Fake Drugs: Pharmacists Pledge To Deploy IT For Service-Delivery
By Chioma Umeha
Pharmacists under the auspices of Pharmaceutical Society of Nigeria (PSN) has pledged to deploy appropriate technologies to tackle high prevalence of fake and counterfeiting drugs in the country.
Pharm. Ahmed Yakasai, the PSN President said the time is ripe for pharmacists to take advantage of digital evolution and data transformation to monitor medications, create value as well as enhance service-delivery.
He spoke in Lagos during a workshop weekend, tagged; “Convergence of technology and the impact on pharmaceutical practice,” organised by the Education committee of the society.
Commenting on the theme, he said that PSN would incorporate technology as part of a multidisciplinary and collaborative healthcare team.
This, he said, would enhance pharmacy practice and delivery of pharmaceutical services to patients.
Yakassi added that the association would deploy the international standard dispensing software for best clinical practice, patients’ management and intervention therapies.
Yakasai said PSN is working in partnership with the National Agency for Food, Drug Administration and Control (NAFDAC) and other agencies determined to fight fake drugs using the latest IT technologies.
He noted that technologies had transformed every spectrum of the society and PSN must not be left out in the digital revolution.
“No doubt that we need to harness the power of digital technologies and data transformation to create value and offer better services to the public”, Yakasai said.
According to him, it is the desire of PSN “to leverage on technology to create a better practice and training for all of us.”
He explained: “In our digital age, technology is shaping our world in a big way and its impact in any profession can never be underestimated. Technology is taking people and organisations from the lowest depth of frustration to the greatest pinnacle of achievement and the pharmaceutical sector must not be left out.”
According to him, with the technological devices, there would be efficient standard and evidence-based medication documentation and making of quality products for consumers.
The Chairman, PSN, Pharma Industry IT Platform, Lekan Asuni, added that the workshop was to assess the gaps in the deployment of IT in the pharmaceutical industry so as to bridge them.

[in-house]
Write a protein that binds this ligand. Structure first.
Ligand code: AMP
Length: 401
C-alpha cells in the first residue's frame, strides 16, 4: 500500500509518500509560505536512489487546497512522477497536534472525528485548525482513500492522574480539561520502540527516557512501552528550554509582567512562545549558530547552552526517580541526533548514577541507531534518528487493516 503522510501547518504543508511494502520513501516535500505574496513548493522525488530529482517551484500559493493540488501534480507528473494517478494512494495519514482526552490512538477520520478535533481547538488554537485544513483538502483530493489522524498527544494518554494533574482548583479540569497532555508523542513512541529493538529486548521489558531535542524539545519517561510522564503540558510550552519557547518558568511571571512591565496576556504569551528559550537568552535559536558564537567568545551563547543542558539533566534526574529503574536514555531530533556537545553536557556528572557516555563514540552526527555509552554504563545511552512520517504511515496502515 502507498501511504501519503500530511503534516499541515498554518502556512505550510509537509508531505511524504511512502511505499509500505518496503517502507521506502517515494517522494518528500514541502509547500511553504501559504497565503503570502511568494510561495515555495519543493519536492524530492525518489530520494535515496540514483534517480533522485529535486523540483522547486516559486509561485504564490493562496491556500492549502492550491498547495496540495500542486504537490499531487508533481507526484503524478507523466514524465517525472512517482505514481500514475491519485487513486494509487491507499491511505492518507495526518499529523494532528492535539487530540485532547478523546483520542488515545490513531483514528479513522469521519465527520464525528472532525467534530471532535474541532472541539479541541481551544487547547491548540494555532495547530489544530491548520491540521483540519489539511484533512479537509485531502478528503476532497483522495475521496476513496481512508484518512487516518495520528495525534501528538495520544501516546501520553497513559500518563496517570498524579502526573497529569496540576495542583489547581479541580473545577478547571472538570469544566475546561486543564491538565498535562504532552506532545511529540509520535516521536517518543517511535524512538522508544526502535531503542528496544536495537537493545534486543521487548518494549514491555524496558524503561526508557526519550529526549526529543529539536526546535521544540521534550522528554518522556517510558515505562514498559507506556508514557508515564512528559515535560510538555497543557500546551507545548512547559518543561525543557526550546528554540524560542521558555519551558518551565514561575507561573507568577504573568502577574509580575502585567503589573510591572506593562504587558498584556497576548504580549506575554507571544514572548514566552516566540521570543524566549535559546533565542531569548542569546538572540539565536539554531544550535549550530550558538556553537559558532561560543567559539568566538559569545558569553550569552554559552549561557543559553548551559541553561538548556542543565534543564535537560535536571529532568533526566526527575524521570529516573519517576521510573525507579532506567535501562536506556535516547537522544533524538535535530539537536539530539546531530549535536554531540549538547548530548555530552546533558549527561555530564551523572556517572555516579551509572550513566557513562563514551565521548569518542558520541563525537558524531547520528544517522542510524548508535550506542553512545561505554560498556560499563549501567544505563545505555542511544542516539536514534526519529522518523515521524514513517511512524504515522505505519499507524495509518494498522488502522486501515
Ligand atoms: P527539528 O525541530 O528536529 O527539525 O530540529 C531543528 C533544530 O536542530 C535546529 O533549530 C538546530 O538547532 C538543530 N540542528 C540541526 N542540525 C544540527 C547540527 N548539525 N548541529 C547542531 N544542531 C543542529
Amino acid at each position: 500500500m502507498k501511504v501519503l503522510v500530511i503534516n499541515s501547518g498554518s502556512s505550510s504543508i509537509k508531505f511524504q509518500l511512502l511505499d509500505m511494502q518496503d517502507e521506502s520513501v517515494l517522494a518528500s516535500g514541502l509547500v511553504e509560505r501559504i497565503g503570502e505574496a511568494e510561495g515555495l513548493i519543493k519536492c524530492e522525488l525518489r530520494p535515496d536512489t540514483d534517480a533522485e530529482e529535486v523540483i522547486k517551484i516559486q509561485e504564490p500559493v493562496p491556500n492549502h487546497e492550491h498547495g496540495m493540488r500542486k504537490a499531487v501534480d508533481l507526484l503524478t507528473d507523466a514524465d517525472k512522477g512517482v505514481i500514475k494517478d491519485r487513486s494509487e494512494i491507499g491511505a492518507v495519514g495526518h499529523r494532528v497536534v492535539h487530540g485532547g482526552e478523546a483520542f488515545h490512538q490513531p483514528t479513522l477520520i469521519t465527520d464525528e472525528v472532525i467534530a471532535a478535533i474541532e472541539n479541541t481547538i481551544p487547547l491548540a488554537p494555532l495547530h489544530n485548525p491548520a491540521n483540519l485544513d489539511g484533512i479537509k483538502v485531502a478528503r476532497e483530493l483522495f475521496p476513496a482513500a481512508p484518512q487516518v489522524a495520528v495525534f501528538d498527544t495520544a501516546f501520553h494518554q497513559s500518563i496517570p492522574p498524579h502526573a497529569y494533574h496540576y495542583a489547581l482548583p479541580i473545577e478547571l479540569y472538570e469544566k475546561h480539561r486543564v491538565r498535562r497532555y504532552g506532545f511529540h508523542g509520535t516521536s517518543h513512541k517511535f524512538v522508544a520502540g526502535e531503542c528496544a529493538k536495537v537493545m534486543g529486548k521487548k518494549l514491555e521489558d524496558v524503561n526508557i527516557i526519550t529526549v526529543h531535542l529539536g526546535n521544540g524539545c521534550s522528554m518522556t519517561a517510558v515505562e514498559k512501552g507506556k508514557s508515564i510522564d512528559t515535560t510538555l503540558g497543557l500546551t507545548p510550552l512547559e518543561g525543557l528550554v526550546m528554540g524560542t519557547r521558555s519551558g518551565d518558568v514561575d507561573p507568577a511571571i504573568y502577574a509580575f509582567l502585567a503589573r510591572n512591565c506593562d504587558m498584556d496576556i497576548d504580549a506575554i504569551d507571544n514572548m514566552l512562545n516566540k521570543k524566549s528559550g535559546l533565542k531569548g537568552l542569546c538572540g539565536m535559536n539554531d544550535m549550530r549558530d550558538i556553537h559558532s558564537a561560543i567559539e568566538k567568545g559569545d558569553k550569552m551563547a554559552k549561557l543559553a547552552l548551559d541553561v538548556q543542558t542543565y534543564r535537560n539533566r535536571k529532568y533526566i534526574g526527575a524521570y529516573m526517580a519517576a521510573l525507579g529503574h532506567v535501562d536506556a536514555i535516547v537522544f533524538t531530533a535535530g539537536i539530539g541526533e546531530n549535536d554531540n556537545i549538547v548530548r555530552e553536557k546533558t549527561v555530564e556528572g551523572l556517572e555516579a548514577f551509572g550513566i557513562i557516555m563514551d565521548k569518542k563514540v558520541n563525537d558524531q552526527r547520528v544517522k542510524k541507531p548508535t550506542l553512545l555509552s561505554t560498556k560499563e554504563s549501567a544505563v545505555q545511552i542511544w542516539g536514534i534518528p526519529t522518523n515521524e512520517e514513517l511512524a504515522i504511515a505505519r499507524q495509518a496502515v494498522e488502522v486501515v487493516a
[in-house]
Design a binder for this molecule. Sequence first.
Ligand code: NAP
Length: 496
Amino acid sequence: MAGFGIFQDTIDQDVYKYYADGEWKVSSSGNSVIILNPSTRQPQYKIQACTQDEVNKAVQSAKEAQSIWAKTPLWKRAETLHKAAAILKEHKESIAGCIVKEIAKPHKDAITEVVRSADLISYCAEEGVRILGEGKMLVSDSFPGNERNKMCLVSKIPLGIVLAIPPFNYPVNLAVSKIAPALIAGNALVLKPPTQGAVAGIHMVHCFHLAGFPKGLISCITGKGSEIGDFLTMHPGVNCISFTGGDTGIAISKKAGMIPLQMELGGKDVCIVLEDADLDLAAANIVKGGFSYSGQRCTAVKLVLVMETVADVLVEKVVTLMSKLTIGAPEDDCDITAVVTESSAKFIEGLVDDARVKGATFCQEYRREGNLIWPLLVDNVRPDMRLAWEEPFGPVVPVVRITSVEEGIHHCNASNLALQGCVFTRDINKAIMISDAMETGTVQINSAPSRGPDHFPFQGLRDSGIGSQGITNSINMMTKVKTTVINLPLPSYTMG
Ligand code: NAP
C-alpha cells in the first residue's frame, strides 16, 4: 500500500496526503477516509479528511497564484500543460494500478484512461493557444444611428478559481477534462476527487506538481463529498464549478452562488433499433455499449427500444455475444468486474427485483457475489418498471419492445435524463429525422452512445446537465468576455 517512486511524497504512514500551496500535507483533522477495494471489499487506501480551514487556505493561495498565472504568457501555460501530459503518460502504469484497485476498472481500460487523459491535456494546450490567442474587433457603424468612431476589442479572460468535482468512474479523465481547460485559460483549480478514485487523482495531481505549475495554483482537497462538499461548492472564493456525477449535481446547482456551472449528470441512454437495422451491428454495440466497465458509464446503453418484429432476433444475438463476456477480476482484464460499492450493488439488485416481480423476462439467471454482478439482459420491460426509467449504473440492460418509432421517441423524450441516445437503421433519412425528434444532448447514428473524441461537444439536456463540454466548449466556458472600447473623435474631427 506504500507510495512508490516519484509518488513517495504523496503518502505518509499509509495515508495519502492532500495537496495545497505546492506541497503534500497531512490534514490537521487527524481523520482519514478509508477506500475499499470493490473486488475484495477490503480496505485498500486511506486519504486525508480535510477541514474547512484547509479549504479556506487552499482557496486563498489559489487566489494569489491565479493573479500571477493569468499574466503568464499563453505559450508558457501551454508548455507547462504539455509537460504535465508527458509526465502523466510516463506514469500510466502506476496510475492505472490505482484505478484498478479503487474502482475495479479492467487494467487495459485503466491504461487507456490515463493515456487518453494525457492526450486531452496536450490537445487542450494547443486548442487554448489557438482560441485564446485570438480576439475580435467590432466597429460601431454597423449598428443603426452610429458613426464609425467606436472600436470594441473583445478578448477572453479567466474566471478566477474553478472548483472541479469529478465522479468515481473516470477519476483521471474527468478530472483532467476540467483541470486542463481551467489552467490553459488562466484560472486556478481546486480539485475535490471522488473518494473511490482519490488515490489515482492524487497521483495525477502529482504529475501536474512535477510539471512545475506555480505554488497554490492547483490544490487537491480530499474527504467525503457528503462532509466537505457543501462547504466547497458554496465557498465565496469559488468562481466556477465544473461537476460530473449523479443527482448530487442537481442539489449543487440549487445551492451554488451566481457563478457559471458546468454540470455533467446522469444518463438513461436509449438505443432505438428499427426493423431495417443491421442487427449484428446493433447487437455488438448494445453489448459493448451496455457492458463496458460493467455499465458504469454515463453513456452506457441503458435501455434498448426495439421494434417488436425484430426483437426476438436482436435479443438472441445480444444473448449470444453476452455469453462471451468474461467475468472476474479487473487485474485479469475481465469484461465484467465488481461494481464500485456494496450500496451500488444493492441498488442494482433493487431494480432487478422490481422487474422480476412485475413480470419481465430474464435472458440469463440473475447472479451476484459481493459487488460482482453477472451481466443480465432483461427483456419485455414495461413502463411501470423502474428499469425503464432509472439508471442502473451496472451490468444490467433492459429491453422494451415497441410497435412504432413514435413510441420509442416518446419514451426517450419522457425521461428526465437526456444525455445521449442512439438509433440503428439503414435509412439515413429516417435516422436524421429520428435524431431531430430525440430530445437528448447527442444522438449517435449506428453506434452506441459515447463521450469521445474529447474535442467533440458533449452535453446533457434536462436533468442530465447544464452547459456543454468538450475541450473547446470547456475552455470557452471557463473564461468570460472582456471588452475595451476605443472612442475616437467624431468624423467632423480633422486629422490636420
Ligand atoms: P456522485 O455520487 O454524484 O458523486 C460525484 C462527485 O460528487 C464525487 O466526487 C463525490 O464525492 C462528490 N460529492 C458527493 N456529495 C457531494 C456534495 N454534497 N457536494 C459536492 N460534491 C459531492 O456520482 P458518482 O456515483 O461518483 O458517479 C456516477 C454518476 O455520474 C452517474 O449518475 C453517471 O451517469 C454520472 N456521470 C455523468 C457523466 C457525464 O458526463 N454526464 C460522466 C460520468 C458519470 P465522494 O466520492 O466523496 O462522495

Asuni also said that it was also vital to controlling the cases of counterfeit drugs that had permeated the Nigerian market.
He noted that most pharmacists have keyed into the digitisation drive, but more efforts still need to be put in the area of adopting appropriate technologies to drive pharmaceutical practice.
He said: “It is catching fire, but there is still a lot to be done. It is a work in progress. The goal is to see that in different areas of practice, we use different aspects of IT.
“Some are specific for your area of practice, but there are some that we need to see how they link together and speak together so that we know what is going on across different practice areas. This will enable us have a common platform to access data and information by both practitioners and the general public.
“So the essence of this workshop is to assess what we have, what are the gaps and what we can do to be IT ready for the future.”
The Acting Director General, National Agency For Food and Drug Administration Control (NAFDAC), Yetunde Oni, who was represented by the Assistant Director, Felicia Enigimi, urged stakeholders to adopt a mobile application software to checkmate the status of NAFDAC-regulated products in the country.
Corroborating earlier views, Pharm Lere Baale, stressed the adoption into law of pharmacy informatics as a required course in every tertiary institution for graduating students of Pharmacy.
Pharmacy informatics is a field that deals with the use and integration of data and medicines usage in the continuum of healthcare, including the acquisition, storage, analysis and medicines knowledge to achieve improved health outcomes.
This inclusion, Baale explained would mean every pharmacist graduating thereafter will be duly equipped to be relevant in the future of healthcare.
Also, they will be in a position to use their skills and knowledge to provide individualised and specialised patient care in an increasingly digital world, he added.
The keynote speaker Pharm Remi Adeseun’s presentation was an expository on the world of technology and how it will benefit the profession.
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